Former President Bill Clinton wants Mexicans to know he's sorry about the mess that the U.S. drug war has caused south of its border.
In a recent speech to a roomful of Mexican students, entrepreneurs and other prominent Mexican opinion makers, Clinton apologized that the drug war has funneled cartel activity through Mexican territory.
"I wish you had no narco-trafficking, but it's not really your fault," Clinton said on Friday. "Basically we did too good of a job of taking the transportation out of the air and water, and so we ran it over land. I apologize for that."
Clinton added, "I wish you didn’t have any problems. Everybody's got problems."
Mexican media interpreted Clinton's words, which were delivered last Friday at the Youth and Productivity Summit, a conference on the future of education in Mexico, as an apology. The Clinton Foundation confirmed the former president's words.
“Clinton apologizes for anti-narco war applied in Mexico” reads the headline in Proceso magazine. “Clinton apologizes to Mexico for drug trafficking,” Mexican anchor Joaquín López-Dóriga posted on his website.
Mexicans on social media also seemed to view this as a clear apology.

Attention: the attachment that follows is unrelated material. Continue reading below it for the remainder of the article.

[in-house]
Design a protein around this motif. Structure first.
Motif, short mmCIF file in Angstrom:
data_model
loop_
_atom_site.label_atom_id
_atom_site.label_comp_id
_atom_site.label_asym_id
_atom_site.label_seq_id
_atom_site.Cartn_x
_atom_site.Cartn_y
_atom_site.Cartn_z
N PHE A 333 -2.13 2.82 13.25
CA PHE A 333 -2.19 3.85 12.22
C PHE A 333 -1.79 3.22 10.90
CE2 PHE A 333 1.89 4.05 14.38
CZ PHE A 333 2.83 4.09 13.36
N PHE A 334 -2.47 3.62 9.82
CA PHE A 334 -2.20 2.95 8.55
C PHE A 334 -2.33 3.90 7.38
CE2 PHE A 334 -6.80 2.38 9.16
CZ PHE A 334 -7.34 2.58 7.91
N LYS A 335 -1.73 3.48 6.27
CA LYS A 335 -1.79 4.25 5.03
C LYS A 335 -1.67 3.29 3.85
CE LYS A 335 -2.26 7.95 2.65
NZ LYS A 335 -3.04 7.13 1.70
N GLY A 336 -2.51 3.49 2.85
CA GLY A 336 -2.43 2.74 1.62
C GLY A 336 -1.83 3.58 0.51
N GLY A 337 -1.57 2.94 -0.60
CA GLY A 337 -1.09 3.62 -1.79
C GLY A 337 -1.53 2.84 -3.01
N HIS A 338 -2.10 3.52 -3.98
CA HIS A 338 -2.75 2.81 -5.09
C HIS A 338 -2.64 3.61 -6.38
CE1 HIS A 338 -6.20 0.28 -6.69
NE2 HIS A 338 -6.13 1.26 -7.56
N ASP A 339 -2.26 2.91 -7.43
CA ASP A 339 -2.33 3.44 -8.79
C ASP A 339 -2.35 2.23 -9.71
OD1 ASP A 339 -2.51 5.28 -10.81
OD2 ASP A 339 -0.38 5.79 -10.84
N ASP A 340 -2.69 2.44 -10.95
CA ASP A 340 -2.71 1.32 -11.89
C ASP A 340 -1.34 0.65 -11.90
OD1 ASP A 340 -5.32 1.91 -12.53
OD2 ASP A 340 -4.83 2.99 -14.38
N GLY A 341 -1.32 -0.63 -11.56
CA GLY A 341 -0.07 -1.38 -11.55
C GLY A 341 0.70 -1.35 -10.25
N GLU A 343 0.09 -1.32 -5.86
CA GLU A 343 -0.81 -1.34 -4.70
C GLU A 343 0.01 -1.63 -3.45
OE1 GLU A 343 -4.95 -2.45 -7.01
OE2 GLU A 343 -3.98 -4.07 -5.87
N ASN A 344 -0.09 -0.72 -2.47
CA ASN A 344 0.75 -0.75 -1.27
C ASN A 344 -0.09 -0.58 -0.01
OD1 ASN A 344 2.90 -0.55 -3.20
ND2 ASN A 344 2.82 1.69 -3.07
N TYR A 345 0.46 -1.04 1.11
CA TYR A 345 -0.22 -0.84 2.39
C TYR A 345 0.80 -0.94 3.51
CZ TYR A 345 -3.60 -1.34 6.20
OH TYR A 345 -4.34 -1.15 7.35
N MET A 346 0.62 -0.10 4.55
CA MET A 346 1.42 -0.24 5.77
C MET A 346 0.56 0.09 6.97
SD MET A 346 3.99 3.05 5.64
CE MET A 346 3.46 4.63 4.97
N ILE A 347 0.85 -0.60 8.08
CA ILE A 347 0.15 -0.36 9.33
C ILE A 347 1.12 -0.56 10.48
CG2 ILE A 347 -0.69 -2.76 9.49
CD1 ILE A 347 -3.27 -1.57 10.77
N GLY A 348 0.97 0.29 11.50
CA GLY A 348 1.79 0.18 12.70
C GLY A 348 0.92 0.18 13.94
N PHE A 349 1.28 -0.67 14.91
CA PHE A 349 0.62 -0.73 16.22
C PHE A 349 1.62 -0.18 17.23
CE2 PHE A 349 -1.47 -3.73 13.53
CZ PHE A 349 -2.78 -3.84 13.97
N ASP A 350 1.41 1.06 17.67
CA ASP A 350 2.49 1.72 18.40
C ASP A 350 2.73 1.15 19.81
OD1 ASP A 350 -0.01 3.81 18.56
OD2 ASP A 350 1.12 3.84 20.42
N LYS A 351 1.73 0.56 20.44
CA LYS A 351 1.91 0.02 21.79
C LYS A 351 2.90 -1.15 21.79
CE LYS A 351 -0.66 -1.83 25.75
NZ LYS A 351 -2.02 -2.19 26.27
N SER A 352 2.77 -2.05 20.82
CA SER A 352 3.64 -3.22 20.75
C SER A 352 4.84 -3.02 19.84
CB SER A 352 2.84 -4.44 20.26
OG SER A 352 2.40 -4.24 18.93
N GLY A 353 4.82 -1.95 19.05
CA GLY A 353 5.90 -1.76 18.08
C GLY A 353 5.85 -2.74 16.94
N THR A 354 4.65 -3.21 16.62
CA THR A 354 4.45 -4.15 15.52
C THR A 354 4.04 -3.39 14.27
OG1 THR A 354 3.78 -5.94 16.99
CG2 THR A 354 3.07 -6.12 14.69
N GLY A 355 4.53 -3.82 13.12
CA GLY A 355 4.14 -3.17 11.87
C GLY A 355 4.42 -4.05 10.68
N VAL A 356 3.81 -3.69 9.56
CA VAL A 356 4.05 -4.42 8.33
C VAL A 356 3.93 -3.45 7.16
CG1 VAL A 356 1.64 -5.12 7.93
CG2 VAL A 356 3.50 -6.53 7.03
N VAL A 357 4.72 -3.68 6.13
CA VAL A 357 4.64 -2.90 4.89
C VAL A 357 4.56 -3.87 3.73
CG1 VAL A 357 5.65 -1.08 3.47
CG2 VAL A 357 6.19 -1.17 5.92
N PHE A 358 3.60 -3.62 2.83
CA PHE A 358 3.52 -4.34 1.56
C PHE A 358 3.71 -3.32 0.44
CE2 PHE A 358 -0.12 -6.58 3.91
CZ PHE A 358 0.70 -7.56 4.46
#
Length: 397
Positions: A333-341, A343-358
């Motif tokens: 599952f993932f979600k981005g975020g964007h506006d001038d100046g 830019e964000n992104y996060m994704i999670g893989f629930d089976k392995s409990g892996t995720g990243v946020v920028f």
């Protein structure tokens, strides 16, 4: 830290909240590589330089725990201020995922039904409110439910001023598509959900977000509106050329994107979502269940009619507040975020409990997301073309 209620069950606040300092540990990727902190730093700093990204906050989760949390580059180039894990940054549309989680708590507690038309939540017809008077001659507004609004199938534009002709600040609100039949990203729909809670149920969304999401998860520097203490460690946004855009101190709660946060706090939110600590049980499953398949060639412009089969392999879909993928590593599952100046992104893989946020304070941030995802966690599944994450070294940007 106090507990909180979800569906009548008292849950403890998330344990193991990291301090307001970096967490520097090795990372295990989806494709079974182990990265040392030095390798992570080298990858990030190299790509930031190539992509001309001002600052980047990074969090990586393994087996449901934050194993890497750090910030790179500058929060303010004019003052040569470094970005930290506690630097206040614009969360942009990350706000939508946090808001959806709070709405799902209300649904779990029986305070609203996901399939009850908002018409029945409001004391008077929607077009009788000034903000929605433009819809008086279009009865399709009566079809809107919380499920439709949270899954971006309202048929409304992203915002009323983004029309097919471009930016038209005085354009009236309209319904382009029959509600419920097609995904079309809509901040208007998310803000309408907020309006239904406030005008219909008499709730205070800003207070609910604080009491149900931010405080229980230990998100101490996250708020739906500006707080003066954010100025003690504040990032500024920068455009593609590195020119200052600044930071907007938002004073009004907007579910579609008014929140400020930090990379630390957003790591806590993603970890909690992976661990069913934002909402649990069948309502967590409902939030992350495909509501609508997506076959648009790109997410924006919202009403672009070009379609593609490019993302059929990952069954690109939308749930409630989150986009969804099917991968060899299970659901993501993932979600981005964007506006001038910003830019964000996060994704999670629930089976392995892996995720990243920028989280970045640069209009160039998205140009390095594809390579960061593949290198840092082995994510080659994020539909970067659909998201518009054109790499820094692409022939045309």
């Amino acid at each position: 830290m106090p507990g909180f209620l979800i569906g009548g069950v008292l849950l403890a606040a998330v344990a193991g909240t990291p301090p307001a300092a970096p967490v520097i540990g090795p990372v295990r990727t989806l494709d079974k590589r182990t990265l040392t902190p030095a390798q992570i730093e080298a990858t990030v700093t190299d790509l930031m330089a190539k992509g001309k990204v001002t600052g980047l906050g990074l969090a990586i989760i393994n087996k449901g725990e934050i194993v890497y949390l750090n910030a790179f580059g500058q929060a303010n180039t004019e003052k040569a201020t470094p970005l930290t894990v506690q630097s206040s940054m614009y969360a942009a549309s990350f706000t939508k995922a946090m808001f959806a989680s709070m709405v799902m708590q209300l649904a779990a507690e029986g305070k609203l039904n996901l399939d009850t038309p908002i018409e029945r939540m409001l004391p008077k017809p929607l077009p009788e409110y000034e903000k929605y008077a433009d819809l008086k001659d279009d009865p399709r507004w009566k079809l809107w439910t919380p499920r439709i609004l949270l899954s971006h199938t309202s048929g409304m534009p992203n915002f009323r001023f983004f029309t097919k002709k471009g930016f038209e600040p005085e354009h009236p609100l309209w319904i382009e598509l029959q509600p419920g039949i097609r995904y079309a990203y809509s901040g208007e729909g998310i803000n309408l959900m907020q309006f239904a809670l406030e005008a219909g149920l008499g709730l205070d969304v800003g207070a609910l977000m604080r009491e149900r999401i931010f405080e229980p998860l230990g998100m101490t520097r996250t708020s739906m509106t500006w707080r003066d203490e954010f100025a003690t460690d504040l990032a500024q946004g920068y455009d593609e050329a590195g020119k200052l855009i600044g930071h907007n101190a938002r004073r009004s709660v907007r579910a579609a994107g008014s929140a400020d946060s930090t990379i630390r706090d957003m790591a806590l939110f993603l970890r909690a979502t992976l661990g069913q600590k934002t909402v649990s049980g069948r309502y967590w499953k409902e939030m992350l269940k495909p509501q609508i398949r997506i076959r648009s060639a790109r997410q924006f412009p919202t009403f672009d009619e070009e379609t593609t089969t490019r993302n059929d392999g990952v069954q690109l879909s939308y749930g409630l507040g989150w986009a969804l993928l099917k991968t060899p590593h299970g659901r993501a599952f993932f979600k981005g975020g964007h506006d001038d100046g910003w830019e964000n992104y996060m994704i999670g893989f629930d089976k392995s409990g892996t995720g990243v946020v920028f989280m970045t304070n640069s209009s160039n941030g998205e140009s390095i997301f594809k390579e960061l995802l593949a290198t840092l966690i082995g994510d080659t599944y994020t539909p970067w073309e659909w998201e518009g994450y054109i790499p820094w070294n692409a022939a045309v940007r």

"Bill Clinton apologizes for measures that concentrated drug trafficking in Mexico."
"Clinton offers an apology to Mexico for drug trafficking, he assures his nation shares part of the blame."
Ethan Nadelmann, director of the Drug Policy Alliance, an advocacy group for U.S. drug law reform, said Clinton "has been doing a lot of apologizing in recent years." But he thinks that's a good thing.
“Of course one wishes he’d done the right thing when he was president and had the power to do so, but it’s always better for an ex-president to apologize for his sins than to pretend he never sinned at all," Nadelmann told Fusion.
More importantly, Nadelmann said, the former president's words could signal a shift in thinking among other members of the Clinton household — one of whom is still eyeing the presidency.
"Let’s just hope that Hillary Clinton will be far more supportive of major drug policy reform than she’s been in the past,” Nadelmann said.
Correction (posted Feb. 10, 2:30 pm). We originally reported that the conference was on the future of Mexico's economy. It was, in fact, on the future of education in Mexico, although the economy and energy sector were discussed.